Australia might be set to join the UK and Singapore in bringing down the boom on an unlicensed Philippines-registered movie-streaming website.
SolarMovie – here, for those who want to see how long it takes to get blocked from ordinary Australian web users – has attracted the ire of Hollywood for freely streaming movies and TV series.
The Philippines-registered but apparently Latvian-hosted outfit was added to the UK's blocklist after a 2013 High Court case.
This week it was also added to Singapore's no pasarán list, according to the Straits Times.
In Australia, the usual suspects will wheel their lawyerly flea circus into court: Village Roadshow, with backing by Hollywood studios Warner Bros, Paramount, Universal, Sony, Disney and 21st Century Fox, will be the name at the top of the papers in a Federal Court lawsuit.
The Sydney Morning Herald notes that it's the first action to be taken under last year's amendments to Australia's Copyright Act, which give the nation's Federal Court the power to instruct internet service providers to block an infringing site. The it's-not-an-Internet-filter law was sponsored by prime minister Malcolm Turnbull in his tenure as communications minister.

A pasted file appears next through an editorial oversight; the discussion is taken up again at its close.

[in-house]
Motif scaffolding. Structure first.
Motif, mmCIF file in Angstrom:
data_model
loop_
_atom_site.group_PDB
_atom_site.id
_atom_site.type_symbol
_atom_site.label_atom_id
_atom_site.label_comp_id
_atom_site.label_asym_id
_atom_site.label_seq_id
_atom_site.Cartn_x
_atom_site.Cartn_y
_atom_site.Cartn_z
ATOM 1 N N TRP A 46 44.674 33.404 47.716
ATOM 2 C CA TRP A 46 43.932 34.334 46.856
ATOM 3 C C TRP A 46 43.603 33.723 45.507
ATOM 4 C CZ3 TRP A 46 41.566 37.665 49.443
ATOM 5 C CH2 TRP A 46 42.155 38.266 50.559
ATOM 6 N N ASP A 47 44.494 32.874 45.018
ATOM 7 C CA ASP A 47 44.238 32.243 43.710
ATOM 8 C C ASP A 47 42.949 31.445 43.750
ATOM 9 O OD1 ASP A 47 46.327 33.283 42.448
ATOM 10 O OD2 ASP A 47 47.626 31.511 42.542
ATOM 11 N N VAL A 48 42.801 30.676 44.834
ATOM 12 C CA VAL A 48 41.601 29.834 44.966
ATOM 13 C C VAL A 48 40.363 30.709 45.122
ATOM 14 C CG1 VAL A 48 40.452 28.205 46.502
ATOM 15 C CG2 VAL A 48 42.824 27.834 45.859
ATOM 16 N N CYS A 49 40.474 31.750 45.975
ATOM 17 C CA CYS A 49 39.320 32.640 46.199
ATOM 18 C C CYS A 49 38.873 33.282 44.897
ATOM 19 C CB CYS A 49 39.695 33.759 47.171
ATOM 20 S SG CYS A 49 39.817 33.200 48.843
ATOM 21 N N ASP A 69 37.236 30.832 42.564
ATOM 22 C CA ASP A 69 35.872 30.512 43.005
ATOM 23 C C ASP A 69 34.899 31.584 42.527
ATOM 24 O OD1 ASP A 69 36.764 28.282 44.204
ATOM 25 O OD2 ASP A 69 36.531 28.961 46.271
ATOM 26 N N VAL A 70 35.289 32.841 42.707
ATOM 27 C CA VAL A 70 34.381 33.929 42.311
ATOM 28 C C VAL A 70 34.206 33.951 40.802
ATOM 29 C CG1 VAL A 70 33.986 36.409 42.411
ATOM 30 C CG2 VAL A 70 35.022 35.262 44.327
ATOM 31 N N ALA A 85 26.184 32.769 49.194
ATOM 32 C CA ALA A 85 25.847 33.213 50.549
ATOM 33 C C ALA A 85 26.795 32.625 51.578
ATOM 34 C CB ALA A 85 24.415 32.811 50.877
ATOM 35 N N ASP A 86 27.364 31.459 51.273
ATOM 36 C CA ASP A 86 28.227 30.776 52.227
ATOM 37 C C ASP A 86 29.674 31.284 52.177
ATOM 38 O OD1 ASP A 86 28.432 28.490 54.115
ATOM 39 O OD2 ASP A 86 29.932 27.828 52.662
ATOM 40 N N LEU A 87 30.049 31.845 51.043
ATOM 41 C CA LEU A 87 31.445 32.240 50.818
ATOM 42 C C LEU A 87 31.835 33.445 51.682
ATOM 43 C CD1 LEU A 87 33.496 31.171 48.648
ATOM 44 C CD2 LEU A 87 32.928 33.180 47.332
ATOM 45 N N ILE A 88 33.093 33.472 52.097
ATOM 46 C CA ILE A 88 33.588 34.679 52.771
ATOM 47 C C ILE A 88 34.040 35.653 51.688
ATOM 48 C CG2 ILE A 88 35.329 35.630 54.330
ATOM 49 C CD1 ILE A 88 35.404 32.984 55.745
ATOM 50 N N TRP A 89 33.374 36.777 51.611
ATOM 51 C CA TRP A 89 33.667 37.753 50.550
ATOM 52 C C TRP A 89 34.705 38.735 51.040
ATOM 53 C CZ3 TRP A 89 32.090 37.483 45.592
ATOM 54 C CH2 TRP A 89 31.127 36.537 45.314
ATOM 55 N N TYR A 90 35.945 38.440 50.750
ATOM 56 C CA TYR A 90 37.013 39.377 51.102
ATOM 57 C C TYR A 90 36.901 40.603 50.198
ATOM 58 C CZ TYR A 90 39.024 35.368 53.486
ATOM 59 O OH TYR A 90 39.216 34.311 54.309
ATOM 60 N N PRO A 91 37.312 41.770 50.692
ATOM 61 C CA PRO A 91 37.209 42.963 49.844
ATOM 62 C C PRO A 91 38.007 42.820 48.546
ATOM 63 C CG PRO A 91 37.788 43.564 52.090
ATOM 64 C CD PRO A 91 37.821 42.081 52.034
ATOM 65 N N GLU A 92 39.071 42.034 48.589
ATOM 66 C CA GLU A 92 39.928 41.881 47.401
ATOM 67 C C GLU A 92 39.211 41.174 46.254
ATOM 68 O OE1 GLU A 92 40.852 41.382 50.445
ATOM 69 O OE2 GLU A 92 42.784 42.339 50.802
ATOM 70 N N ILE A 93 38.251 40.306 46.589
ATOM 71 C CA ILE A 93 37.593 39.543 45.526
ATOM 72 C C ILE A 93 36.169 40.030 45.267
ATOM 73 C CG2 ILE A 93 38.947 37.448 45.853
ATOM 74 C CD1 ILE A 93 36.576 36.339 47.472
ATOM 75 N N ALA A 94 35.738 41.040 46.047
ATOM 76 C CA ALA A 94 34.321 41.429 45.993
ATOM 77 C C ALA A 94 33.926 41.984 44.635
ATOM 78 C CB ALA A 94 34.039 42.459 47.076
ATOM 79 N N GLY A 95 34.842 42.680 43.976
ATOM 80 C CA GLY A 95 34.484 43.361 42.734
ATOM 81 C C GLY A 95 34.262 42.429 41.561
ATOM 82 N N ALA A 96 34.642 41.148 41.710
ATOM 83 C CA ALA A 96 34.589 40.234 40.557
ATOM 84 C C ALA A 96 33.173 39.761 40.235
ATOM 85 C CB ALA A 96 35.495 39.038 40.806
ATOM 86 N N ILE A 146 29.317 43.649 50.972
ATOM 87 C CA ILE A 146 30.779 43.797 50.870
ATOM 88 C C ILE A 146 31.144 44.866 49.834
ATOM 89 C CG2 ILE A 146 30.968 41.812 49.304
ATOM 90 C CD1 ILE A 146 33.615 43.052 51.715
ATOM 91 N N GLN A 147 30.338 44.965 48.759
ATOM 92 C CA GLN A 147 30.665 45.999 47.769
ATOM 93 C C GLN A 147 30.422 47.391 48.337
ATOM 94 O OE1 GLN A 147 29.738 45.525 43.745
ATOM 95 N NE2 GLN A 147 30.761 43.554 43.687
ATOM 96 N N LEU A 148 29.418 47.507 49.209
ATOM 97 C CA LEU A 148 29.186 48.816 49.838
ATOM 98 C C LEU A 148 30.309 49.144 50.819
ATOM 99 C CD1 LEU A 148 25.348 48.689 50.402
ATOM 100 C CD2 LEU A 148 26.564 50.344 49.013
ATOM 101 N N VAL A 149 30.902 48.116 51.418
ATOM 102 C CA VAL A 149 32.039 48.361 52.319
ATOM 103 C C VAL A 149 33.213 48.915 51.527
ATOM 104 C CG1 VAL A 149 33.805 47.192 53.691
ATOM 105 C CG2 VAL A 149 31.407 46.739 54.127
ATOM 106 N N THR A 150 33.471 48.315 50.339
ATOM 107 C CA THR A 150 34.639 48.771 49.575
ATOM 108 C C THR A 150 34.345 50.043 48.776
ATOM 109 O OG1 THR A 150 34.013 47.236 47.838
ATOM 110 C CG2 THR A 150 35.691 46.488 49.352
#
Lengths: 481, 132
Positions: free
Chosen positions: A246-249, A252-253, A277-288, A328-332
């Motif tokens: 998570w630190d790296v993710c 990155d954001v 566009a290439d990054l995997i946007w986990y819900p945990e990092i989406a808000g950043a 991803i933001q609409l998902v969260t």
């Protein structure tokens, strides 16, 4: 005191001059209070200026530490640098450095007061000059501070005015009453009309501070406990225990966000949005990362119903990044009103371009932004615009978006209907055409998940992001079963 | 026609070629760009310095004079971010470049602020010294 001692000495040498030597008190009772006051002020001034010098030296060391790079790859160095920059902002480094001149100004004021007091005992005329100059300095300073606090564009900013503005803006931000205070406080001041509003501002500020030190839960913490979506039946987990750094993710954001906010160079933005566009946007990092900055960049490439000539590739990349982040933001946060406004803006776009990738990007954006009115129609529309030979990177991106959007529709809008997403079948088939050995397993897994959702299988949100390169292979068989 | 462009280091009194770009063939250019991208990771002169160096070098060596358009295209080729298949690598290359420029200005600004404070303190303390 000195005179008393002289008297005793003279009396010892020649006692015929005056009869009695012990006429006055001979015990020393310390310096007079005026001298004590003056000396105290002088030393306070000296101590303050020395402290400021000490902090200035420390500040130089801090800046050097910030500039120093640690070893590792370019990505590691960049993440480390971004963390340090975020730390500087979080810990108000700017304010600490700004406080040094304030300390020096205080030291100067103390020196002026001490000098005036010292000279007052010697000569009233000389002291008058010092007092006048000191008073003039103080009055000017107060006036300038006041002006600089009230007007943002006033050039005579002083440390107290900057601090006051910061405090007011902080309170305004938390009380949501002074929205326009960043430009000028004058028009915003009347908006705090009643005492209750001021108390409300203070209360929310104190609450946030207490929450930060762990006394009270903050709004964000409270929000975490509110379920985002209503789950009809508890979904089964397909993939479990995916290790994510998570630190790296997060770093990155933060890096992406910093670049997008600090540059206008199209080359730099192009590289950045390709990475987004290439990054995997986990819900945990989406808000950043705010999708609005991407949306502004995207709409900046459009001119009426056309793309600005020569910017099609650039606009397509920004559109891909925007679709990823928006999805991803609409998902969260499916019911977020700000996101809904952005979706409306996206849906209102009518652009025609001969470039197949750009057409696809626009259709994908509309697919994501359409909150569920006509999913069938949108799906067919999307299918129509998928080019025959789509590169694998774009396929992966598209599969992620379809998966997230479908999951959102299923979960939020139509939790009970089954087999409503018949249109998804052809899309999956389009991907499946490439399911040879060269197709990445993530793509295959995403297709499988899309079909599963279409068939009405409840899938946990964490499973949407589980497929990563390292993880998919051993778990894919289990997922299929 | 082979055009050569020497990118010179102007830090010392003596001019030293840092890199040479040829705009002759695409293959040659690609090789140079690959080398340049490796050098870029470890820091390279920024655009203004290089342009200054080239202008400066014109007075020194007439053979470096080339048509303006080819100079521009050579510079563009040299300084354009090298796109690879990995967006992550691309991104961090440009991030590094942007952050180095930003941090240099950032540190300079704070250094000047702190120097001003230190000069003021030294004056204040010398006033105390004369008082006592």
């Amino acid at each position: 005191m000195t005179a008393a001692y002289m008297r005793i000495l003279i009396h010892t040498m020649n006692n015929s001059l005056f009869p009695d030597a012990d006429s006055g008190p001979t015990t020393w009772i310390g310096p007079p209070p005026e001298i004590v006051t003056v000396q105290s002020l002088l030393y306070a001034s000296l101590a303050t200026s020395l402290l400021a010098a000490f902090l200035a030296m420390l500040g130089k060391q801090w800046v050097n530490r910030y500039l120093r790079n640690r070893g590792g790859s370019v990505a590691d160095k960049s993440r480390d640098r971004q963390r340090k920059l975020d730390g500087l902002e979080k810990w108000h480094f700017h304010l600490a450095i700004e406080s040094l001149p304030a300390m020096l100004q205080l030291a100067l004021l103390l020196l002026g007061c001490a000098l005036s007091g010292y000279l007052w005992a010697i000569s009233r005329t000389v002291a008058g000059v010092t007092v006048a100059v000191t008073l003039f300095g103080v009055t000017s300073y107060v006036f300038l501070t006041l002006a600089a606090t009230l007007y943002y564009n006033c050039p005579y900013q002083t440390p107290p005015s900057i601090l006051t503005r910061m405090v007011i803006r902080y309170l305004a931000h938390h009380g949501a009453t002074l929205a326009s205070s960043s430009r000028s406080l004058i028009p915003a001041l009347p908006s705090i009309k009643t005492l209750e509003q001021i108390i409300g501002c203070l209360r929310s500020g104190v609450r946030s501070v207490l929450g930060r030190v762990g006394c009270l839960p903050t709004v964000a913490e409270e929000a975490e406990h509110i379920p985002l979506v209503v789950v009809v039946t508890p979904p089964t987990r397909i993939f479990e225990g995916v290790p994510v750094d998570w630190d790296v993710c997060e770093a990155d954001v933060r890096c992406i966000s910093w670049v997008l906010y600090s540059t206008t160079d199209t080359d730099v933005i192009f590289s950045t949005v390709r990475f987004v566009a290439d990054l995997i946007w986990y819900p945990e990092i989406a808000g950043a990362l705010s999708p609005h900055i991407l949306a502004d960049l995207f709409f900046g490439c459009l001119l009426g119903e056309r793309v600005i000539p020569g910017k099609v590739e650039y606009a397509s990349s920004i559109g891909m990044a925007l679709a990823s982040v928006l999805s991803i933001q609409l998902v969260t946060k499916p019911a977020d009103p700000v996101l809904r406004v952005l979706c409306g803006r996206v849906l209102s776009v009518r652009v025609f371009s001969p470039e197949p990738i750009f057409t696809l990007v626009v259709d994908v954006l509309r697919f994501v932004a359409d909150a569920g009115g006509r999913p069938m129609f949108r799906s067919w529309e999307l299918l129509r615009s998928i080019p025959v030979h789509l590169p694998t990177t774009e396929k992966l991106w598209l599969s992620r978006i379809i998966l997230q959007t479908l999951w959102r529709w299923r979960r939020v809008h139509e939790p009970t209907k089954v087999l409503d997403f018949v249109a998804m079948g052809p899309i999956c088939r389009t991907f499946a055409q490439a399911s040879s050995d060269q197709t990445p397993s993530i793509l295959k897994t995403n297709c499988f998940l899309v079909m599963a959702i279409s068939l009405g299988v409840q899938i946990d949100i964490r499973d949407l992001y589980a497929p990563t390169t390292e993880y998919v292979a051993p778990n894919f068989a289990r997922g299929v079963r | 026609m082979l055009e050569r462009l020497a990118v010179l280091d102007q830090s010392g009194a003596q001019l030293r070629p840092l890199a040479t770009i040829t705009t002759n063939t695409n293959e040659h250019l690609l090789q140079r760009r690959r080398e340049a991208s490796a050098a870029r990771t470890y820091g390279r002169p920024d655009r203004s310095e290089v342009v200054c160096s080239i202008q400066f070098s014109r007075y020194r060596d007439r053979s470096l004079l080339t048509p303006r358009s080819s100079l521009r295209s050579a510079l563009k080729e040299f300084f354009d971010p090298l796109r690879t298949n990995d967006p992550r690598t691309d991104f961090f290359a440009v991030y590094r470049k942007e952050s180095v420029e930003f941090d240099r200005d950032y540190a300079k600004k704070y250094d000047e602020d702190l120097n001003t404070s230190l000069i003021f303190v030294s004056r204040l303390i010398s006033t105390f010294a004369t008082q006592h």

The decision to take the front-door approach to having the infringing site follows Dallas Buyers Club abandoning its attempt to pry open local ISP iiNet's customer database for names of end users it reckoned Torrented its movie.
Village Roadshow and its stateside pals had previously failed in an attempt to shake down iiNet for the alleged cost of its customers' infringement. That court case, and the subsequent content industry lobbying in Canberra, arguably led to the legislation that will get its first test in the action against SolarMovie.
If the UK experience is anything to go by, the action could pass unchallenged, since the ISPs don't have a good reason to line up behind the site.
That would leaving only Australia's VPN users able to connect to SolarMovie. The Australian Communications and Media Authority (ACMA) February 2015 research reckoned at the end of 2014 around 700,000 Australians were already accessing overseas-based video content, as many as half of which were Netflix subscribers and therefore had to be using VPNs. ®